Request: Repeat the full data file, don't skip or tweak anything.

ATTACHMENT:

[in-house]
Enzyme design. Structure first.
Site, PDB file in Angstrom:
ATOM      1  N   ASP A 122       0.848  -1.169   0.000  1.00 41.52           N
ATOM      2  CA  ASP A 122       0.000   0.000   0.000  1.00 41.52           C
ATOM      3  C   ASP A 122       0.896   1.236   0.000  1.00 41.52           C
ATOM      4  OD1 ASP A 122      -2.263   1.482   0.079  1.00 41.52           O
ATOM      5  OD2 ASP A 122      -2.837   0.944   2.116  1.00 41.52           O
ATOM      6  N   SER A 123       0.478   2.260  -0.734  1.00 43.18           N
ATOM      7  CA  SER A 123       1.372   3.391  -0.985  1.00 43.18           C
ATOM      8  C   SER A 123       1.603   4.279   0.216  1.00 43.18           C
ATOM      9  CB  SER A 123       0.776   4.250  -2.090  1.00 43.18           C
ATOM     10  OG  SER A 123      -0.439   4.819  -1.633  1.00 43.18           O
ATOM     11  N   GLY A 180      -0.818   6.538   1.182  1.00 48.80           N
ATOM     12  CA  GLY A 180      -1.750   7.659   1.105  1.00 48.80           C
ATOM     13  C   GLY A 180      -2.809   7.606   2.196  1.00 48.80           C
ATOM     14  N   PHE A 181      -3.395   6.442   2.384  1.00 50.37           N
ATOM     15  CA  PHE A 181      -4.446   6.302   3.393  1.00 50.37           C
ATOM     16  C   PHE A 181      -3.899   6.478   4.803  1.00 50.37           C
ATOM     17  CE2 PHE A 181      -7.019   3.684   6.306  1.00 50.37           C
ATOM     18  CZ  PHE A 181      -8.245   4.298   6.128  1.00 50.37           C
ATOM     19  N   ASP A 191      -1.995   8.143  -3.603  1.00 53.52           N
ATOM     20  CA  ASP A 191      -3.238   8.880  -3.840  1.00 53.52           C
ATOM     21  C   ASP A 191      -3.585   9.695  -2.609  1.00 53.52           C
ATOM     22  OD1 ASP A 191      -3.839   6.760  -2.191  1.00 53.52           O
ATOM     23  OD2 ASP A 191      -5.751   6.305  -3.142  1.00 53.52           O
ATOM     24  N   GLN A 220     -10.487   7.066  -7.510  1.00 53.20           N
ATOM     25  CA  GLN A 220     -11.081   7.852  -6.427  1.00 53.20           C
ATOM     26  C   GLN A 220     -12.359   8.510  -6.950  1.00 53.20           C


[in-house]
Enzyme design. Structure first.
Site, PDB file in Angstrom:
ATOM      1  N   ASP A 122       0.848  -1.169   0.000  1.00 41.52           N
ATOM      2  CA  ASP A 122       0.000   0.000   0.000  1.00 41.52           C
ATOM      3  C   ASP A 122       0.896   1.236   0.000  1.00 41.52           C
ATOM      4  OD1 ASP A 122      -2.263   1.482   0.079  1.00 41.52           O
ATOM      5  OD2 ASP A 122      -2.837   0.944   2.116  1.00 41.52           O
ATOM      6  N   SER A 123       0.478   2.260  -0.734  1.00 43.18           N
ATOM      7  CA  SER A 123       1.372   3.391  -0.985  1.00 43.18           C
ATOM      8  C   SER A 123       1.603   4.279   0.216  1.00 43.18           C
ATOM      9  CB  SER A 123       0.776   4.250  -2.090  1.00 43.18           C
ATOM     10  OG  SER A 123      -0.439   4.819  -1.633  1.00 43.18           O
ATOM     11  N   GLY A 180      -0.818   6.538   1.182  1.00 48.80           N
ATOM     12  CA  GLY A 180      -1.750   7.659   1.105  1.00 48.80           C
ATOM     13  C   GLY A 180      -2.809   7.606   2.196  1.00 48.80           C
ATOM     14  N   PHE A 181      -3.395   6.442   2.384  1.00 50.37           N
ATOM     15  CA  PHE A 181      -4.446   6.302   3.393  1.00 50.37           C
ATOM     16  C   PHE A 181      -3.899   6.478   4.803  1.00 50.37           C
ATOM     17  CE2 PHE A 181      -7.019   3.684   6.306  1.00 50.37           C
ATOM     18  CZ  PHE A 181      -8.245   4.298   6.128  1.00 50.37           C
ATOM     19  N   ASP A 191      -1.995   8.143  -3.603  1.00 53.52           N
ATOM     20  CA  ASP A 191      -3.238   8.880  -3.840  1.00 53.52           C
ATOM     21  C   ASP A 191      -3.585   9.695  -2.609  1.00 53.52           C
ATOM     22  OD1 ASP A 191      -3.839   6.760  -2.191  1.00 53.52           O
ATOM     23  OD2 ASP A 191      -5.751   6.305  -3.142  1.00 53.52           O
ATOM     24  N   GLN A 220     -10.487   7.066  -7.510  1.00 53.20           N
ATOM     25  CA  GLN A 220     -11.081   7.852  -6.427  1.00 53.20           C
ATOM     26  C   GLN A 220     -12.359   8.510  -6.950  1.00 53.20           C